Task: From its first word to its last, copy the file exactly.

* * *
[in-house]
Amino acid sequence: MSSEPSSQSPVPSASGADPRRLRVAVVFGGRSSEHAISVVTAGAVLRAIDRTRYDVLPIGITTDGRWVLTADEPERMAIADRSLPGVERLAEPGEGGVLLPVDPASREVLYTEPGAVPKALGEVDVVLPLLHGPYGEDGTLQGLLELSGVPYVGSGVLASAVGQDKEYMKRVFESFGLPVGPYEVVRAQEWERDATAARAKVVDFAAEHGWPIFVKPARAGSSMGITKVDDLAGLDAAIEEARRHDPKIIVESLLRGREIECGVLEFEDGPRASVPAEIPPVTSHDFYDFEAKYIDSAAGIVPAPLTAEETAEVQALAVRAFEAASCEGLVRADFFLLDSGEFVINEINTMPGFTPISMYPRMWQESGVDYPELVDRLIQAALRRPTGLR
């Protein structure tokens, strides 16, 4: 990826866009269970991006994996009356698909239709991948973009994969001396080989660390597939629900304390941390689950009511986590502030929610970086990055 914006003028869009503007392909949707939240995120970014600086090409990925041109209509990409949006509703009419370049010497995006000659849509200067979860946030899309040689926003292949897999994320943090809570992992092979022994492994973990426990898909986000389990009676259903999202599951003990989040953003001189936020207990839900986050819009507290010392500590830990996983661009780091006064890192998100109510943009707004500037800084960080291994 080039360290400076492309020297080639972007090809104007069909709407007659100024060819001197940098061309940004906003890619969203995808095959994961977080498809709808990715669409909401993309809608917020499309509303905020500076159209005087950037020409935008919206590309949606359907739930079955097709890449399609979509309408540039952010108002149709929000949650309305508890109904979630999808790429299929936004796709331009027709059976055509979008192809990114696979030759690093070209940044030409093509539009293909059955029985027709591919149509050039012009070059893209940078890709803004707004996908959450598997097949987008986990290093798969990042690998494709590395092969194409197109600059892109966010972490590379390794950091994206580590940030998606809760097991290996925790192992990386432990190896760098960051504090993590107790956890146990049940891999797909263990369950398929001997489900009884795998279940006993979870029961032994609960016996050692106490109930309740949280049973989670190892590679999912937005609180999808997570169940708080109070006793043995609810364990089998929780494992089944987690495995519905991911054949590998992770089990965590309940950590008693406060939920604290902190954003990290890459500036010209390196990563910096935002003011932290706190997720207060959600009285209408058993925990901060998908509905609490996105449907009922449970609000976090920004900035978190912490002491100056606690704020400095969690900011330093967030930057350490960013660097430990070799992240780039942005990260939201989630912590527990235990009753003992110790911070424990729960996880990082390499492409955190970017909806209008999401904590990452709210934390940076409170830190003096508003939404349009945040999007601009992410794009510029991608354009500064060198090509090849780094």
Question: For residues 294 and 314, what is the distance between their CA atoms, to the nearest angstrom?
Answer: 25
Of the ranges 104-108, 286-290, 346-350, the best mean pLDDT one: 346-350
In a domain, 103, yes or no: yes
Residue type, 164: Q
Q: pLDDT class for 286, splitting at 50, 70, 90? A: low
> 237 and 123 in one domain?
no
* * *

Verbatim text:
[in-house]
Amino acid sequence: MSSEPSSQSPVPSASGADPRRLRVAVVFGGRSSEHAISVVTAGAVLRAIDRTRYDVLPIGITTDGRWVLTADEPERMAIADRSLPGVERLAEPGEGGVLLPVDPASREVLYTEPGAVPKALGEVDVVLPLLHGPYGEDGTLQGLLELSGVPYVGSGVLASAVGQDKEYMKRVFESFGLPVGPYEVVRAQEWERDATAARAKVVDFAAEHGWPIFVKPARAGSSMGITKVDDLAGLDAAIEEARRHDPKIIVESLLRGREIECGVLEFEDGPRASVPAEIPPVTSHDFYDFEAKYIDSAAGIVPAPLTAEETAEVQALAVRAFEAASCEGLVRADFFLLDSGEFVINEINTMPGFTPISMYPRMWQESGVDYPELVDRLIQAALRRPTGLR
């Protein structure tokens, strides 16, 4: 990826866009269970991006994996009356698909239709991948973009994969001396080989660390597939629900304390941390689950009511986590502030929610970086990055 914006003028869009503007392909949707939240995120970014600086090409990925041109209509990409949006509703009419370049010497995006000659849509200067979860946030899309040689926003292949897999994320943090809570992992092979022994492994973990426990898909986000389990009676259903999202599951003990989040953003001189936020207990839900986050819009507290010392500590830990996983661009780091006064890192998100109510943009707004500037800084960080291994 080039360290400076492309020297080639972007090809104007069909709407007659100024060819001197940098061309940004906003890619969203995808095959994961977080498809709808990715669409909401993309809608917020499309509303905020500076159209005087950037020409935008919206590309949606359907739930079955097709890449399609979509309408540039952010108002149709929000949650309305508890109904979630999808790429299929936004796709331009027709059976055509979008192809990114696979030759690093070209940044030409093509539009293909059955029985027709591919149509050039012009070059893209940078890709803004707004996908959450598997097949987008986990290093798969990042690998494709590395092969194409197109600059892109966010972490590379390794950091994206580590940030998606809760097991290996925790192992990386432990190896760098960051504090993590107790956890146990049940891999797909263990369950398929001997489900009884795998279940006993979870029961032994609960016996050692106490109930309740949280049973989670190892590679999912937005609180999808997570169940708080109070006793043995609810364990089998929780494992089944987690495995519905991911054949590998992770089990965590309940950590008693406060939920604290902190954003990290890459500036010209390196990563910096935002003011932290706190997720207060959600009285209408058993925990901060998908509905609490996105449907009922449970609000976090920004900035978190912490002491100056606690704020400095969690900011330093967030930057350490960013660097430990070799992240780039942005990260939201989630912590527990235990009753003992110790911070424990729960996880990082390499492409955190970017909806209008999401904590990452709210934390940076409170830190003096508003939404349009945040999007601009992410794009510029991608354009500064060198090509090849780094």
Question: For residues 294 and 314, what is the distance between their CA atoms, to the nearest angstrom?
Answer: 25
Of the ranges 104-108, 286-290, 346-350, the best mean pLDDT one: 346-350
In a domain, 103, yes or no: yes
Residue type, 164: Q
Q: pLDDT class for 286, splitting at 50, 70, 90? A: low
> 237 and 123 in one domain?
no